…or not… I’ll hear about it either way today (Wednesday) at an event here in DC called “Progressives and the National Debt” hosted by the Center for American Progress and the Center on Budget and Policy Priorities. On that conference website you can see the impressive lineup of experts who will be speaking, and you can watch the event live (8:30 am to 1:45 pm).
I’m not sure what the consensus “progressive view” of the dangers (or not) of deficits and debt will be, but I’ve always believed two main factors make the “progressive case” for deficit reduction:
- Deficit financing of government spending or tax cuts typically involves a more “regressive” burden than the distribution of the alternative means of financing via tax increases or even (well-considered) benefit cuts. The burden of the federal debt via compounded net interest grows faster than the overall economy (the definitionof “unsustainable”) and especially faster than the growth in incomes for lower-to-middle-class households, and “backed-into-a-corner fiscal discipline” is more likely to resemble a sledgehammer that hits all Americans very broadly (and indiscriminately) rather than a fine-tuned set of policies that better targets the burden to those who can most afford it.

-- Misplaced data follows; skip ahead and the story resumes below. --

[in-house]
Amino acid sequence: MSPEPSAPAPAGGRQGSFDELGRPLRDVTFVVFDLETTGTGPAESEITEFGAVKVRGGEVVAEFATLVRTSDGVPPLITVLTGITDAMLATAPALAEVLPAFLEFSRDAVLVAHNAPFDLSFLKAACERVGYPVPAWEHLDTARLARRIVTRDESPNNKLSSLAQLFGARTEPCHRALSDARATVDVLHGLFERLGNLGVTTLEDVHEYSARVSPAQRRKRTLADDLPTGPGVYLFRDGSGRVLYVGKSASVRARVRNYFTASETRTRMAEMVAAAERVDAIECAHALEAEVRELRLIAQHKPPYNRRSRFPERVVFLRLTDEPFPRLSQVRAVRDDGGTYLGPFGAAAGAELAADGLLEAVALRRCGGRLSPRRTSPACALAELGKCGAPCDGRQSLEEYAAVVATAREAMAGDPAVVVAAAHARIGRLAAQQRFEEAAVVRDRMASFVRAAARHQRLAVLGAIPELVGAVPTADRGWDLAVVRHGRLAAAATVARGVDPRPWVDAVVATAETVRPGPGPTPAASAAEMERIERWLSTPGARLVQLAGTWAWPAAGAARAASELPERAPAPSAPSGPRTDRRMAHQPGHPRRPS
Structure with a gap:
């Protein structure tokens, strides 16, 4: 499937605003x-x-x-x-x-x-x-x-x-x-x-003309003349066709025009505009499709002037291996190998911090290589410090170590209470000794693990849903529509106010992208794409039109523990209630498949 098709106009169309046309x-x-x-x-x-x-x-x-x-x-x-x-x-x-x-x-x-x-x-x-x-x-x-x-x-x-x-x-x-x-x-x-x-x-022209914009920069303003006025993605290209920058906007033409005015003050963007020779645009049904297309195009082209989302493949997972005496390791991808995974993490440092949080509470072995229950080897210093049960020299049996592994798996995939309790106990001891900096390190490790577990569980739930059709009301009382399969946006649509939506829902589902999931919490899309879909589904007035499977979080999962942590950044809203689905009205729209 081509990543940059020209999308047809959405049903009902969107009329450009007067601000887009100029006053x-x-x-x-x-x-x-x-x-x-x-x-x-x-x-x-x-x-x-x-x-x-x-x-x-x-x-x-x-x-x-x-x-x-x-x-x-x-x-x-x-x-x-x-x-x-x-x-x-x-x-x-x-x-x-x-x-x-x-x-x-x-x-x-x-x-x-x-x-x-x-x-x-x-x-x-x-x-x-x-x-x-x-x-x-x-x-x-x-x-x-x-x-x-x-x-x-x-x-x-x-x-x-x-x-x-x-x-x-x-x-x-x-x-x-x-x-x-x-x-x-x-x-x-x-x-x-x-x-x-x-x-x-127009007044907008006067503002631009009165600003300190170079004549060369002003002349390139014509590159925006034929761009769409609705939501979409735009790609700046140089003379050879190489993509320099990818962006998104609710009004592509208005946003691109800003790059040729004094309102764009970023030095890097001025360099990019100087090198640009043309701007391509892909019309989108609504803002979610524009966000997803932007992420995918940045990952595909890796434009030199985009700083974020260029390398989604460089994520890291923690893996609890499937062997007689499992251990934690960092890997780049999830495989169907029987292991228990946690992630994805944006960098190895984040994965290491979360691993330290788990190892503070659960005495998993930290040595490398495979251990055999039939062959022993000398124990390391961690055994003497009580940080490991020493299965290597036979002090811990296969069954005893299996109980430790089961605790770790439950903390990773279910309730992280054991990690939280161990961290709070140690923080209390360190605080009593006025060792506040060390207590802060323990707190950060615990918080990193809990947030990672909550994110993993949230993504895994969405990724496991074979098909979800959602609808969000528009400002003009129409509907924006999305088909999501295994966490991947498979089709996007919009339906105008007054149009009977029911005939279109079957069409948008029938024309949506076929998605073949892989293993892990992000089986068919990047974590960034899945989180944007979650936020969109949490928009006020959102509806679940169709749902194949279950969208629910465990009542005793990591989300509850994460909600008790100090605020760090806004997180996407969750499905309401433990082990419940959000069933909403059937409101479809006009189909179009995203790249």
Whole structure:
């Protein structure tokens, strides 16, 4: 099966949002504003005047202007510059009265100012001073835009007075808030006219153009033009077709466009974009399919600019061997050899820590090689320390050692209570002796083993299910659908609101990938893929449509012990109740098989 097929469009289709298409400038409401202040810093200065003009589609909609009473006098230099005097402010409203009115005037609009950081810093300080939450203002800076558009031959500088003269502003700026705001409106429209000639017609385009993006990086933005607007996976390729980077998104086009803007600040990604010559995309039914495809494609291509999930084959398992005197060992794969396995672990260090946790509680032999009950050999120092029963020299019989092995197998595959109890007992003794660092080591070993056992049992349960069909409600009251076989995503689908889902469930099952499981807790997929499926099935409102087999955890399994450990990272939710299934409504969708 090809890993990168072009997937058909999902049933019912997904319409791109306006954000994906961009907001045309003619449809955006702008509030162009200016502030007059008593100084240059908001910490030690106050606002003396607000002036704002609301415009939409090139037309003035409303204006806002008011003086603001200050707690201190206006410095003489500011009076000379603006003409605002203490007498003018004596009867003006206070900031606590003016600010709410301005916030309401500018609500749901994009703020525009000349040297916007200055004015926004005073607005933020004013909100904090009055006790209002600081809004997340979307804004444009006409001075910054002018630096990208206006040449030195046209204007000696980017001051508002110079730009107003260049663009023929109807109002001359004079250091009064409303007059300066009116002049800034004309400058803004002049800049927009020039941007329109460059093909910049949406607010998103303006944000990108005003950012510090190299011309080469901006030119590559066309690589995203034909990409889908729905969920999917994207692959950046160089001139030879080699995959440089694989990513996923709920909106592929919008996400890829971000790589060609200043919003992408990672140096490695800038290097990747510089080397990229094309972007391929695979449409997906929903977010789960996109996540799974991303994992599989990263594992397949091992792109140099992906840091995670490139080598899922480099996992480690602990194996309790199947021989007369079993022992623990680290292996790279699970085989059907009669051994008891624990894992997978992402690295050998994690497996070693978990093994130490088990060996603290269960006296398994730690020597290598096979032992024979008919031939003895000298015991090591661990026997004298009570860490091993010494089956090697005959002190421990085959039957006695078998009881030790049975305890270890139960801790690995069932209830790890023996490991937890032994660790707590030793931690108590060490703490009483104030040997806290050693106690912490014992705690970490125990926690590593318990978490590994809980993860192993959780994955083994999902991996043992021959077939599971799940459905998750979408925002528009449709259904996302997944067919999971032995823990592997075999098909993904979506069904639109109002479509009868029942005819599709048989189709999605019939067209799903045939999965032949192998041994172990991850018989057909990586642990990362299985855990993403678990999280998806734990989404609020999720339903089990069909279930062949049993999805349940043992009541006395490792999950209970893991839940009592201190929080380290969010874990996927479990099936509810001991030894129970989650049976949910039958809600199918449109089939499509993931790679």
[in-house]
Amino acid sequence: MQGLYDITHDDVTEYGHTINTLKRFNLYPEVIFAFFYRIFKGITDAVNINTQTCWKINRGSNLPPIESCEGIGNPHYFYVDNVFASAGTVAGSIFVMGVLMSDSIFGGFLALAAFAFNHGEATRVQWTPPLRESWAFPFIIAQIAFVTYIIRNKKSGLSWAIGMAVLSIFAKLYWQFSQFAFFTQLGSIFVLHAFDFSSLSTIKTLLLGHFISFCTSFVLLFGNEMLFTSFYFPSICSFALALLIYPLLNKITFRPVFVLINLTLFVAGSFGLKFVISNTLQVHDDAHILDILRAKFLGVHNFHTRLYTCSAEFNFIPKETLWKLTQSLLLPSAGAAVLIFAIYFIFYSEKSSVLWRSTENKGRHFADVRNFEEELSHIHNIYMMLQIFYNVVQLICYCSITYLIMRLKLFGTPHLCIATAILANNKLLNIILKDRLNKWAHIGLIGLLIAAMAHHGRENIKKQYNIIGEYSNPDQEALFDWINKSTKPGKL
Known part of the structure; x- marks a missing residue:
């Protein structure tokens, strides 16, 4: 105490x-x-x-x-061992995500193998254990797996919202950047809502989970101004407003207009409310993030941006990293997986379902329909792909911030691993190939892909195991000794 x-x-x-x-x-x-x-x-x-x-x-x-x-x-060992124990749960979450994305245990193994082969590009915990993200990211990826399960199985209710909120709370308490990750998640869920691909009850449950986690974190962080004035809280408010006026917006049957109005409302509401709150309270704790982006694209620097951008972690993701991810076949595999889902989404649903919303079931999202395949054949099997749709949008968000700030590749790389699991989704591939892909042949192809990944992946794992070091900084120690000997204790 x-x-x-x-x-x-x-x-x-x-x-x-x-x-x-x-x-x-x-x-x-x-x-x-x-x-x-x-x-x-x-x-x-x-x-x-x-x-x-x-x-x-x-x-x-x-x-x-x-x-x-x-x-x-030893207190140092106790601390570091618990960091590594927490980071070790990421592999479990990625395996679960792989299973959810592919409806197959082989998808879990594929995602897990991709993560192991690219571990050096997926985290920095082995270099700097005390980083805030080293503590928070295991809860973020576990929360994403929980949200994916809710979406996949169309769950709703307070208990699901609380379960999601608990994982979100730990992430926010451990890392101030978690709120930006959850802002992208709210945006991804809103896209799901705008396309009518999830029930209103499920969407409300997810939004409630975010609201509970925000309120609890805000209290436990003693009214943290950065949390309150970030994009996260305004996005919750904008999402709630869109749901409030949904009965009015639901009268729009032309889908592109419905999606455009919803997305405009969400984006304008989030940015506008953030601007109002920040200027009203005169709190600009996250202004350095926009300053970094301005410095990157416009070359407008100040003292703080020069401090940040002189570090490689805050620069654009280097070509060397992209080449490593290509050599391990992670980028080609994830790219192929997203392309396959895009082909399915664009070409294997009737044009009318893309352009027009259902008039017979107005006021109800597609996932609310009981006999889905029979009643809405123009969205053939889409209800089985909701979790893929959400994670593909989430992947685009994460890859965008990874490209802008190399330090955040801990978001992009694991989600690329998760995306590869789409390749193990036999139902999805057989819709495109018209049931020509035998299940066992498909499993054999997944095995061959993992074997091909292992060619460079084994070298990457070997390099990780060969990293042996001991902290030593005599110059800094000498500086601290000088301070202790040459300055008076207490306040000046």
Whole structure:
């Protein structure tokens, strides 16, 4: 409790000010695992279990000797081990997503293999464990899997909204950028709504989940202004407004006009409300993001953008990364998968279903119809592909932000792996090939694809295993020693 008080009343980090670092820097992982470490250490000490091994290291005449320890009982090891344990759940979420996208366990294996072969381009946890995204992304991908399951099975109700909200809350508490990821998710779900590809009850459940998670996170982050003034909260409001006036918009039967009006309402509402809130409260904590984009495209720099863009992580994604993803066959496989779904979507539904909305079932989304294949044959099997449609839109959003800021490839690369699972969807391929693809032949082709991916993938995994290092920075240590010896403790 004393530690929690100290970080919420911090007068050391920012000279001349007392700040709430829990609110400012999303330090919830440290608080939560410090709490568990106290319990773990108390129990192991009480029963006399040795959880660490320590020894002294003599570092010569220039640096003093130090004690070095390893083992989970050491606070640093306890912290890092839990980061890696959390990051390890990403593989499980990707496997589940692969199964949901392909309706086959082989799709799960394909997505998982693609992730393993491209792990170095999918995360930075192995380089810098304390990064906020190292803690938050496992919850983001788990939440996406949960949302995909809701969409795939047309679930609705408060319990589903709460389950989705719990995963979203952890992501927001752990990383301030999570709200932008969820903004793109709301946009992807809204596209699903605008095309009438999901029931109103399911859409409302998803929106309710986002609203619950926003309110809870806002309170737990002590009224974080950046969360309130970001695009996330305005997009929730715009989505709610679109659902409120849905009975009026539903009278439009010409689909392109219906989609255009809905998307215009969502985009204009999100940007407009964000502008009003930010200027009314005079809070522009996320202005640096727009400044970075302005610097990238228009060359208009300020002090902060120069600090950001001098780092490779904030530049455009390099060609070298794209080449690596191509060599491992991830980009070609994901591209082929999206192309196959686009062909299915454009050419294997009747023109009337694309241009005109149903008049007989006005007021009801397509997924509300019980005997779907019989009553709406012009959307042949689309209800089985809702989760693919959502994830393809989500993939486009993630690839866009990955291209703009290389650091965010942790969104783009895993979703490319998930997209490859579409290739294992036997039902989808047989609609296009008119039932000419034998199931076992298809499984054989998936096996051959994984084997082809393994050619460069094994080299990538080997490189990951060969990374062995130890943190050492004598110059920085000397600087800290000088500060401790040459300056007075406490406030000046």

- The overall tax-and-transfer system is progressive by income level–that is, the rich tend to receive net negative transfers (on net, pay taxes) over their lifetime, while the poor tend to receive net positive transfers. (For lower-income households, incomes after federal taxes and transfers exceed incomes before taxes and transfers.) If the (progressive) federal tax-and-transfer system is on a fiscally unsustainable path, then the (progressive) federal tax-and-transfer system might not be sustained.
But we’ll see what the experts say. I may have to try some “tweeting” from my seat in the audience! (Oh, boy…)